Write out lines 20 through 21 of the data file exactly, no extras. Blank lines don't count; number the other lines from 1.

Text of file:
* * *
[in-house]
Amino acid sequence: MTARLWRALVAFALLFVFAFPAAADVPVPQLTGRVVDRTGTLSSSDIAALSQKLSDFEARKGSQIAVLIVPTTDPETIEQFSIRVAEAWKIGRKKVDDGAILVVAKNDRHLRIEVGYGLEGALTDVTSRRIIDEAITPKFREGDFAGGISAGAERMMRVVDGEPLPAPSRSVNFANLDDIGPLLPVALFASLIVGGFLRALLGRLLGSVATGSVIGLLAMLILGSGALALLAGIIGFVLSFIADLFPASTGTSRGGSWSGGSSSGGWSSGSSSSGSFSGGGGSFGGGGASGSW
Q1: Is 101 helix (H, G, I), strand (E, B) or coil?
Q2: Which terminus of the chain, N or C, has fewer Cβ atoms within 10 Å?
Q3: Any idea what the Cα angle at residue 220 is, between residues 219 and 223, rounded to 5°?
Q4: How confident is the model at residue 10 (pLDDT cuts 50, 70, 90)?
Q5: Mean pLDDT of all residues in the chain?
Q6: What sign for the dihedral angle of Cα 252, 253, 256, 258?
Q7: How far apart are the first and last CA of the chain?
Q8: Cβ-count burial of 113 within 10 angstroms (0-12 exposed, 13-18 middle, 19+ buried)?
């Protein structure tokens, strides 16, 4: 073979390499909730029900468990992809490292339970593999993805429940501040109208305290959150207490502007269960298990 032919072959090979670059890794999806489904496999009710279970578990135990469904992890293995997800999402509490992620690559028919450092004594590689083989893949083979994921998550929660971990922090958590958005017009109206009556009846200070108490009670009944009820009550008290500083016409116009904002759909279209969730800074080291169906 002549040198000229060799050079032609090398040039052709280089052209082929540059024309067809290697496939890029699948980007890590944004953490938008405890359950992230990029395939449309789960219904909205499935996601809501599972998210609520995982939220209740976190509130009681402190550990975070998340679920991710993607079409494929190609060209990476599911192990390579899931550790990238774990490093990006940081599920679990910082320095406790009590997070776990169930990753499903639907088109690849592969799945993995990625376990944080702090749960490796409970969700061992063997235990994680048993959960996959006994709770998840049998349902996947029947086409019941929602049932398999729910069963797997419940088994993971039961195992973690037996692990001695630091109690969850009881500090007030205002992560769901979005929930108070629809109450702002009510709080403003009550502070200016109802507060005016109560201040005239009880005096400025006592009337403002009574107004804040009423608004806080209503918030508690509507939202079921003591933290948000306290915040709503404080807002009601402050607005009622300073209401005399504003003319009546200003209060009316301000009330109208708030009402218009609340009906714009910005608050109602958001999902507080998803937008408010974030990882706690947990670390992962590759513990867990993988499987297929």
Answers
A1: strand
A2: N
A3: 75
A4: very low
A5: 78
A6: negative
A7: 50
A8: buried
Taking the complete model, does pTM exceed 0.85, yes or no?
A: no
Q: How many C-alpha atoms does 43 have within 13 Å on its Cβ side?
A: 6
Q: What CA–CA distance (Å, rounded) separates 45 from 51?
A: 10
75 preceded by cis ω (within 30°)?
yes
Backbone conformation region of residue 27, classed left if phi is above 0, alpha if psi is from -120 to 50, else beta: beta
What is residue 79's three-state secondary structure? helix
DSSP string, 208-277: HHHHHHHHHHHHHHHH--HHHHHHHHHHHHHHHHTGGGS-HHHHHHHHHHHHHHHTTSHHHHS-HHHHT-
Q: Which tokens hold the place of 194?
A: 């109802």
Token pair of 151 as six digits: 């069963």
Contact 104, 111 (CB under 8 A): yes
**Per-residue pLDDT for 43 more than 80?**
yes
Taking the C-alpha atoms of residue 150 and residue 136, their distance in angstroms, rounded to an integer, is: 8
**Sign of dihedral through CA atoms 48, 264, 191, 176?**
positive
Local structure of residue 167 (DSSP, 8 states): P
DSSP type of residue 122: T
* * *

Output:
A8: buried
Taking the complete model, does pTM exceed 0.85, yes or no?